It kept the Internet abuzz for the past week. The possible AirTag ban at Lufthansa. There is now finally clarity thanks to German authorities. Is the gadget now allowed or not?
If you’re going on vacation, you need to pay close attention to packing. For example, many electrical items are not allowed in checked baggage. I myself once found out in an unusual way, when I had left a second phone in my bag. I was called to the gate and had two customs officials breathing down my neck in no time. No, that’s especially not nice when it happens to you in Colombia.
Outcry at Lufthansa because of AirTag
OK, so that’s a bigger device with a bigger battery. Of course, that can’t be said about an AirTag. Still, there was much ado at German airline Lufthansa. It would ban the AirTag in baggage because of security concerns.
Of course, it has more negatives for Lufthansa, which the company itself logically does not mention. For example, passengers immediately see when Lufthansa is messing around with suitcases that have been lost, while people themselves know exactly where they are. Lufthansa faced considerable criticism this summer as much luggage was lost.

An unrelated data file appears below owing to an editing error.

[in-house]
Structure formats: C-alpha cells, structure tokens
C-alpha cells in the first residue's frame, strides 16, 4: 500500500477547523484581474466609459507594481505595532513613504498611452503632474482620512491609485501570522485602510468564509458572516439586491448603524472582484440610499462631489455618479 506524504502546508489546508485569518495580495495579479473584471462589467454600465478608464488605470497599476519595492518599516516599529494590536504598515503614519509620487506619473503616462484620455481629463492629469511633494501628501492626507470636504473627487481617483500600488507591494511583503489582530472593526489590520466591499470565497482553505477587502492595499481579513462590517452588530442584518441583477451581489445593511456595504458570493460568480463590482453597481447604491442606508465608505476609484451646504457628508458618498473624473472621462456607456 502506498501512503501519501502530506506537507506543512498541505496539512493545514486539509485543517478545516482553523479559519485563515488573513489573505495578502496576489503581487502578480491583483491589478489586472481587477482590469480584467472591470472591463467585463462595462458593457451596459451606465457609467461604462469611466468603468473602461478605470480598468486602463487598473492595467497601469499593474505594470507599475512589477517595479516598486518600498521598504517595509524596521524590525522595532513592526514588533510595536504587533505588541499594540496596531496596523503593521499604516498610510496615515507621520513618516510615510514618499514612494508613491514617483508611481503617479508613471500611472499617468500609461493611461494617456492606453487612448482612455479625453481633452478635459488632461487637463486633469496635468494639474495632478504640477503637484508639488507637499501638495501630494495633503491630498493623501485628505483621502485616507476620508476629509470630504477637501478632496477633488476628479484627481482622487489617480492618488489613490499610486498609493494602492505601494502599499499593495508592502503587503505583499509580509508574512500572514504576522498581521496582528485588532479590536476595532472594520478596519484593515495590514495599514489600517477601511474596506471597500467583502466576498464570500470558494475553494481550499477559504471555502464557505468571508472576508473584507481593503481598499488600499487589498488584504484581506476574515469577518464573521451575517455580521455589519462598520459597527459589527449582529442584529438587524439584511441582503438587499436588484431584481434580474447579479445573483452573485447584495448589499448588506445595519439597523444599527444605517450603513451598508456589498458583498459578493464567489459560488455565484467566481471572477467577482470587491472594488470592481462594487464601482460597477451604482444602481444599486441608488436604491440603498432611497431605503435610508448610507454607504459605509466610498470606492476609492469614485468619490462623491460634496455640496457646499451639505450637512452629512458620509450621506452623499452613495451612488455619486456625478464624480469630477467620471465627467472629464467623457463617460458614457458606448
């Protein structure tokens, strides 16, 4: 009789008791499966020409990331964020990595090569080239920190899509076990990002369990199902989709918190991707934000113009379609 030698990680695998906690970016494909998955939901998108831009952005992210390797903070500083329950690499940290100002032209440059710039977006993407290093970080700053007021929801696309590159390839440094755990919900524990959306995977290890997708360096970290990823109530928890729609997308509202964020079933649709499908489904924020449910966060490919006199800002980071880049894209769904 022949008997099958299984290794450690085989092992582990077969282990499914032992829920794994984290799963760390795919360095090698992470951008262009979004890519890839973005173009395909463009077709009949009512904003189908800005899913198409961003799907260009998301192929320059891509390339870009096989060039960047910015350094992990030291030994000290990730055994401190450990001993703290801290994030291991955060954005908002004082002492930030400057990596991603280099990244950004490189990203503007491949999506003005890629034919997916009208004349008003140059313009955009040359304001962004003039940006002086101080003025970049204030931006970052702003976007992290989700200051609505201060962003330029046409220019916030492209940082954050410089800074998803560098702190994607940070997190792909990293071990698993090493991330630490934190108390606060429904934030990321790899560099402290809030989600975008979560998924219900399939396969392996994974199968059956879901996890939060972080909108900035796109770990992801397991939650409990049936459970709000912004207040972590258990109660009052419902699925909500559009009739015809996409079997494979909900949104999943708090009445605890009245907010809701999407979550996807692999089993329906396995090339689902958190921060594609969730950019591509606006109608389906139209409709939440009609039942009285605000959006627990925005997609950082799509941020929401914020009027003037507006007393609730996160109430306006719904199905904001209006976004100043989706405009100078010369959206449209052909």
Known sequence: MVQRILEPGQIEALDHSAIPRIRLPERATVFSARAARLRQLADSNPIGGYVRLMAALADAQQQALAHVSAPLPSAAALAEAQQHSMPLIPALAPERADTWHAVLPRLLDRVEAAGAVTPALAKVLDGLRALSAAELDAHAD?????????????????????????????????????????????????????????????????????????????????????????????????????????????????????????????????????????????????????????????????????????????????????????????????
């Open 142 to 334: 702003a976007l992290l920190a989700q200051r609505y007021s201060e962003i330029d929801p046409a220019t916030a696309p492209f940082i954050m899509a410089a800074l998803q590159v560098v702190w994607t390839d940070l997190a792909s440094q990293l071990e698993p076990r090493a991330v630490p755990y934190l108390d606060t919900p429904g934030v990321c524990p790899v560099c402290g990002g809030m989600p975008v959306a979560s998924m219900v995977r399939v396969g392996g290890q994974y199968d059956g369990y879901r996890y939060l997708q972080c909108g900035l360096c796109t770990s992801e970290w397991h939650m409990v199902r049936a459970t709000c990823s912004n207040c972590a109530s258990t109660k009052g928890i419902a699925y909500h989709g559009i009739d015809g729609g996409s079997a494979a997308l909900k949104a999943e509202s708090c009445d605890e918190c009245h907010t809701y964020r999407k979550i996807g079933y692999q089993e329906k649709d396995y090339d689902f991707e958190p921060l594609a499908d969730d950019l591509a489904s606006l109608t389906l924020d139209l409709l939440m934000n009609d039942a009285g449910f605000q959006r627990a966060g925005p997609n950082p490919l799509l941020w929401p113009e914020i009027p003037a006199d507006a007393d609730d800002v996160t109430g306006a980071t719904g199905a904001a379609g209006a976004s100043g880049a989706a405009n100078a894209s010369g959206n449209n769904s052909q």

The key fob (Image: Mark Hofman / OMT)
Logical to put a tracker in your suitcase
Of course, it makes perfect sense for passengers to put an AirTag in their suitcase. Especially if you fly through Schiphol Airport. Baggage sometimes arrives late or not at all. It is reassuring to know exactly where your luggage is thanks to the tracker.
After much (negative) publicity, Lufthansa later announced it would no longer ban the AirTag from its flights. Now it comes with a more extensive response on Twitter from the German aviation authorities.
Once and for all clarity on the AirTag
“The German aviation authorities confirmed today that they share our risk assessment that tracking devices with very low battery and transmission power in checked baggage do not pose a safety risk. With this, they are permitted on Lufthansa flights.”
So that clarity is now there from Lufthansa. The big question, of course, is whether any other airlines are banning the AirTag. At the moment, it does not appear to be the case.
Now that the German aviation authorities have also spoken out about the AirTag, it does not seem to be a discussion in the future either. It is simply safe, so an airline would now have to come up with a very good story to ban it.